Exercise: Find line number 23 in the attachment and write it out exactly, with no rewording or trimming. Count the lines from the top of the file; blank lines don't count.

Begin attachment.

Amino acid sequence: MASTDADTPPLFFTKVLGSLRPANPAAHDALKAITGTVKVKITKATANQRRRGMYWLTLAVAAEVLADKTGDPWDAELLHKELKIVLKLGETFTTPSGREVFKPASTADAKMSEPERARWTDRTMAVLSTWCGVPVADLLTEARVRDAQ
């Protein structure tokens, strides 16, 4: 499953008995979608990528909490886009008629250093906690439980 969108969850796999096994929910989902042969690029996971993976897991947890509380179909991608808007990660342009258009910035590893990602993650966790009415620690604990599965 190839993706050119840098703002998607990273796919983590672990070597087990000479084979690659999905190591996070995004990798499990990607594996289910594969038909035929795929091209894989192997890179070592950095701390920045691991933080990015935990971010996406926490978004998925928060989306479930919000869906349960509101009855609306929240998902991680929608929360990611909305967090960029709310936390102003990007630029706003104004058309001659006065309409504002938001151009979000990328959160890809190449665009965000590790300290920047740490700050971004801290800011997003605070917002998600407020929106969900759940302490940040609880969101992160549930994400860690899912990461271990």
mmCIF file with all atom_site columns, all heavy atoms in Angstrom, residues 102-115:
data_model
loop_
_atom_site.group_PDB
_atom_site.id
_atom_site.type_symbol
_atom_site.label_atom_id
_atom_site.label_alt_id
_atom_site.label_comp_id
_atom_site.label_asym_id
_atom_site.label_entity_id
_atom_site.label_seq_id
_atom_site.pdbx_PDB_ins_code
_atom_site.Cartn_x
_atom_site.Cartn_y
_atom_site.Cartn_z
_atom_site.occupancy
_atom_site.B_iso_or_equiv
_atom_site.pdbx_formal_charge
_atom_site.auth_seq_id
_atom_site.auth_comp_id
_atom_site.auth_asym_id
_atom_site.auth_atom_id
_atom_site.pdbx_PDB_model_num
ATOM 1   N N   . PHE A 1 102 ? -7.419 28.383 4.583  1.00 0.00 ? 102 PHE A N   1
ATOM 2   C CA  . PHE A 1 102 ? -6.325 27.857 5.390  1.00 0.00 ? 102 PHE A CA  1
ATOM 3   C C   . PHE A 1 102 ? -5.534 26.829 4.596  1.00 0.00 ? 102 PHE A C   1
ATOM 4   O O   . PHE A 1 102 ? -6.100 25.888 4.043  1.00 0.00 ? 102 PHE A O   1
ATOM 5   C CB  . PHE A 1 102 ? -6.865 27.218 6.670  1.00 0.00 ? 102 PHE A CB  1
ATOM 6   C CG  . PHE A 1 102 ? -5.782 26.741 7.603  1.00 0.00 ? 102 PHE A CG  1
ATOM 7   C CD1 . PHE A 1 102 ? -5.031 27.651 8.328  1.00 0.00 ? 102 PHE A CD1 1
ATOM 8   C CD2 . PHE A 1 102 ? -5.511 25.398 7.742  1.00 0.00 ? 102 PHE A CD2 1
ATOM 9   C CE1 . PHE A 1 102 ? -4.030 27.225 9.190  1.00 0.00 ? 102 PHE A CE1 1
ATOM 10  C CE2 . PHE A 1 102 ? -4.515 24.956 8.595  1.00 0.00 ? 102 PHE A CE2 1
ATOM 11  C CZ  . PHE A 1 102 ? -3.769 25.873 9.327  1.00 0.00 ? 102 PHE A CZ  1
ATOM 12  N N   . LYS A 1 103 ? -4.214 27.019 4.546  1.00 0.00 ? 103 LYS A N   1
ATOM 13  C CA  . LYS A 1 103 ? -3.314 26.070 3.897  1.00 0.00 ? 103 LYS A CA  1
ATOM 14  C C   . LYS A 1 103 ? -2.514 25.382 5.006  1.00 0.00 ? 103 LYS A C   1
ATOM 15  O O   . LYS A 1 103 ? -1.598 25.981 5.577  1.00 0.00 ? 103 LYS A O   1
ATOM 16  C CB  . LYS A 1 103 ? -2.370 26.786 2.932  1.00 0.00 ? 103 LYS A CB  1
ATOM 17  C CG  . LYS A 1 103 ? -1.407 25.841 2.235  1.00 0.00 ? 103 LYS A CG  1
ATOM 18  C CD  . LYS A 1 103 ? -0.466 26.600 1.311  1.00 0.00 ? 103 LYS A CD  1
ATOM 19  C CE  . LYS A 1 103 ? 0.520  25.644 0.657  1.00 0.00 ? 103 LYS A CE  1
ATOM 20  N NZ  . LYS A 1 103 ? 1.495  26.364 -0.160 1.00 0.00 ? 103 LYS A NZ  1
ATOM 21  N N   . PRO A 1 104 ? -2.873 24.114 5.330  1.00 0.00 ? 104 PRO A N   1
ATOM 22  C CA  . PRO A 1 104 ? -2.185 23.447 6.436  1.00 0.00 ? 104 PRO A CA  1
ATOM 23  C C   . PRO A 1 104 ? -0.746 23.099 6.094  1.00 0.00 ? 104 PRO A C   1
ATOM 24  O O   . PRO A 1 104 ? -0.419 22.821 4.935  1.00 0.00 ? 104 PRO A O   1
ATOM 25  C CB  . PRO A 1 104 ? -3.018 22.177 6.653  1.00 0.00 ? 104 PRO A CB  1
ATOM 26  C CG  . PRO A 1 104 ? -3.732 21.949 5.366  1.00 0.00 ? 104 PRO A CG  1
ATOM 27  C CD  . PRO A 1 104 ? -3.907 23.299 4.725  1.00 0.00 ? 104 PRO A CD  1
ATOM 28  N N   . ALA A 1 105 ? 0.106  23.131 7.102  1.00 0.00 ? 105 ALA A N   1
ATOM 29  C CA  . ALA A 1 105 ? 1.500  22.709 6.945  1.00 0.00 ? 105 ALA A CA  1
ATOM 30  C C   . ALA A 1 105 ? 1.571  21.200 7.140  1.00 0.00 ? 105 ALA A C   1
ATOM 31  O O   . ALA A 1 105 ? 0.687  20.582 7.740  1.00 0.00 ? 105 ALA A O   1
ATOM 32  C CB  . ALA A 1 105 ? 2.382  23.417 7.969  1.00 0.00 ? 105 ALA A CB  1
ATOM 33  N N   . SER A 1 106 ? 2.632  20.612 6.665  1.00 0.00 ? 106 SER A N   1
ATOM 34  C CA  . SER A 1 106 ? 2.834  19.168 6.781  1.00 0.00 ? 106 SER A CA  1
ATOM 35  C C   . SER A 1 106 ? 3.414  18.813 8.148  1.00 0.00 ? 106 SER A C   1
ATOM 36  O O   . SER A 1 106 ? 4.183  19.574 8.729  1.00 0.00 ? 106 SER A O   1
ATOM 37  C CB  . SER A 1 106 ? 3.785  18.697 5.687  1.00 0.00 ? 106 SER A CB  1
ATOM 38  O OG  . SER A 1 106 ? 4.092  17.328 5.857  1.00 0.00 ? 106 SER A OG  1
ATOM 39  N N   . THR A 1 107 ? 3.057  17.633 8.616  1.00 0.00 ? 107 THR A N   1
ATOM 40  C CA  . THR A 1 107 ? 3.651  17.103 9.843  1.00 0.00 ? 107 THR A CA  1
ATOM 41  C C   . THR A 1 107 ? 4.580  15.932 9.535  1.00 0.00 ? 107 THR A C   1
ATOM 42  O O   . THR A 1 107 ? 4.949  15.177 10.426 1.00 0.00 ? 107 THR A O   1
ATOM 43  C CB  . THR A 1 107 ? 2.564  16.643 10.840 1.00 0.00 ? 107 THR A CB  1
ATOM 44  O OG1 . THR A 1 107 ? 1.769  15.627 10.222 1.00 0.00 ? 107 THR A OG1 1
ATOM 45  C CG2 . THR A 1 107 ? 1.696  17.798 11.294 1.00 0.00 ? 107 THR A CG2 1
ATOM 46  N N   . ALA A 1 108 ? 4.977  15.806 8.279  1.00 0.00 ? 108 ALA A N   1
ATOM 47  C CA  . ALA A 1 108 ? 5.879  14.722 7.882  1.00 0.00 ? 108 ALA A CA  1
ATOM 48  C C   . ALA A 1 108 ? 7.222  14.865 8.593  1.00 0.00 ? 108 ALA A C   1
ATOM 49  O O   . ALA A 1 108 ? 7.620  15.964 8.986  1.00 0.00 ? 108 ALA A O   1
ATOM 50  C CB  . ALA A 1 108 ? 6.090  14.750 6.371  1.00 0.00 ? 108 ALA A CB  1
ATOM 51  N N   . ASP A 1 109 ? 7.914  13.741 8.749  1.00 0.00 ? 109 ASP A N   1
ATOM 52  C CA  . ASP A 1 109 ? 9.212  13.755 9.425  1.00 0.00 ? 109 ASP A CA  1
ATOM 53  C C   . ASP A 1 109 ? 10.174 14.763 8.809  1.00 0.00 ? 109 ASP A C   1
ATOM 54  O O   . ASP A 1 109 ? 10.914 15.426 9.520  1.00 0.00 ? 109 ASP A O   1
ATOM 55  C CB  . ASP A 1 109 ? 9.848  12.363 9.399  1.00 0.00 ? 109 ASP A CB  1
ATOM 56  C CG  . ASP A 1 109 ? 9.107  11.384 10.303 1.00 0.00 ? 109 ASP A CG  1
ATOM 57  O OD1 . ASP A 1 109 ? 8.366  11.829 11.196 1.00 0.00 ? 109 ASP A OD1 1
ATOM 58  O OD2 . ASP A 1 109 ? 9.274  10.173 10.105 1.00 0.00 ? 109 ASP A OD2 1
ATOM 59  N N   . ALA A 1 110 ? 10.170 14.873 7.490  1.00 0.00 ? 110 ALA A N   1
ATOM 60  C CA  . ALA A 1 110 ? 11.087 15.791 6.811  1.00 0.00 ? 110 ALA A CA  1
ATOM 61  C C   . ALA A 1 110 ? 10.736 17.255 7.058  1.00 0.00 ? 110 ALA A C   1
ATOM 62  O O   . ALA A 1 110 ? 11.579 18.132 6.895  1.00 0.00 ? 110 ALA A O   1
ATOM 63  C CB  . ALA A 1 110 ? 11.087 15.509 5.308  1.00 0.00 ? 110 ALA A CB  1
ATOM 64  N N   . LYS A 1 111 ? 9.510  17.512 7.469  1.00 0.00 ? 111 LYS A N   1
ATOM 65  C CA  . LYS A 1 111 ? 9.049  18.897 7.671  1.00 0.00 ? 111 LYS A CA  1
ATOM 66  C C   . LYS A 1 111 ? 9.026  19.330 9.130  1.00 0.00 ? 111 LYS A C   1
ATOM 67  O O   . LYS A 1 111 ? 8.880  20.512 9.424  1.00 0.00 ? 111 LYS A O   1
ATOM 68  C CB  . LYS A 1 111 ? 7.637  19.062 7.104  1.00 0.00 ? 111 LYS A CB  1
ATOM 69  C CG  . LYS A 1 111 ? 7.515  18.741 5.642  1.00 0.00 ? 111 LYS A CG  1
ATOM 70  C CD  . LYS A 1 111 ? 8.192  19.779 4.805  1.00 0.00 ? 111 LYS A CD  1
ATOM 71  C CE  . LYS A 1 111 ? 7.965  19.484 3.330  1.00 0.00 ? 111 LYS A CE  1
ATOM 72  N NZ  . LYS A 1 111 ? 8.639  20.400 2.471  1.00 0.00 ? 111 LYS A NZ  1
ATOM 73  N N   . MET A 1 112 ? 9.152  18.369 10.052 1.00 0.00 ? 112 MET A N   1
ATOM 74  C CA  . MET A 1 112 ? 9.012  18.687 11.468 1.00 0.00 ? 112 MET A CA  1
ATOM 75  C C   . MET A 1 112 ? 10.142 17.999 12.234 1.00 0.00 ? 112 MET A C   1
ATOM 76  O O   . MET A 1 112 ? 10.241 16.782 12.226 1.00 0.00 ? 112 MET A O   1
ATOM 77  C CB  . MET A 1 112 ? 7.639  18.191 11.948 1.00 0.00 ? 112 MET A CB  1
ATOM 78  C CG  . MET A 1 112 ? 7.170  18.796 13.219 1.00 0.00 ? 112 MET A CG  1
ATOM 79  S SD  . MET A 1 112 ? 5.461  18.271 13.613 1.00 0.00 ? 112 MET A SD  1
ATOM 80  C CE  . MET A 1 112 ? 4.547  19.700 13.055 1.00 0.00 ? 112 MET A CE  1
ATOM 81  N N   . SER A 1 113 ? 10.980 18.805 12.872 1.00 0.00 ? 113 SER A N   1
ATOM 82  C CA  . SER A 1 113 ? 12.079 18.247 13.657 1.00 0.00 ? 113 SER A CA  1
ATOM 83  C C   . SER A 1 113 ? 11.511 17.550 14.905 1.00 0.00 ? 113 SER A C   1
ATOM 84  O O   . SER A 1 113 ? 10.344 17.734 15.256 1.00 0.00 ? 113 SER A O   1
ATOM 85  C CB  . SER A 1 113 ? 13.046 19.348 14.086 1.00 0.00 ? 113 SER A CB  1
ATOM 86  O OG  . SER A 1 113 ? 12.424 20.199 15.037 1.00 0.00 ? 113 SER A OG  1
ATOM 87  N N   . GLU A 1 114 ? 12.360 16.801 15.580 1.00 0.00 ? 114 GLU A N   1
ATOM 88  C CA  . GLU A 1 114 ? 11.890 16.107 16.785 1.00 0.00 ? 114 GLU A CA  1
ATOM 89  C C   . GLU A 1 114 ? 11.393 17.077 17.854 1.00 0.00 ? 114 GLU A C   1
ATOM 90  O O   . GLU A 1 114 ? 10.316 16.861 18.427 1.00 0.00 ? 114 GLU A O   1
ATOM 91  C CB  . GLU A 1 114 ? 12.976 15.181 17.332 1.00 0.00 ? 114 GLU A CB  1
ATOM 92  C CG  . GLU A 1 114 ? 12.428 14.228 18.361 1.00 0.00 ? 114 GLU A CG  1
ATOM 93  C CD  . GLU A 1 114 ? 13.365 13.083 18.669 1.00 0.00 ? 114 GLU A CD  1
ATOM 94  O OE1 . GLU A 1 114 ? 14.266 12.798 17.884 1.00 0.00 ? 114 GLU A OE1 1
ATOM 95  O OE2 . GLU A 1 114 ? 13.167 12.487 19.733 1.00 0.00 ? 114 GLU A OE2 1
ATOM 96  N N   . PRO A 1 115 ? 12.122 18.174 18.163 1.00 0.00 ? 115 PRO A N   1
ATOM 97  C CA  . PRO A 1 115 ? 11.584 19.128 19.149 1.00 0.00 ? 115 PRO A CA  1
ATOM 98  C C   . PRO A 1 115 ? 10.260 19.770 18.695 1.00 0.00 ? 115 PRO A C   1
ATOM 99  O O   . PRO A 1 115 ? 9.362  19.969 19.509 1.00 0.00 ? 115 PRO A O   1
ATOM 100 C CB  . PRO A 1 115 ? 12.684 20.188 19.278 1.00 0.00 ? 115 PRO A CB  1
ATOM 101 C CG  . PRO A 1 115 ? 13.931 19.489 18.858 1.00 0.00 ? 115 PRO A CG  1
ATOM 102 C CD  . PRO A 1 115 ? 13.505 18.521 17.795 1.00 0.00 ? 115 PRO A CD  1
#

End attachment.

_atom_site.auth_comp_id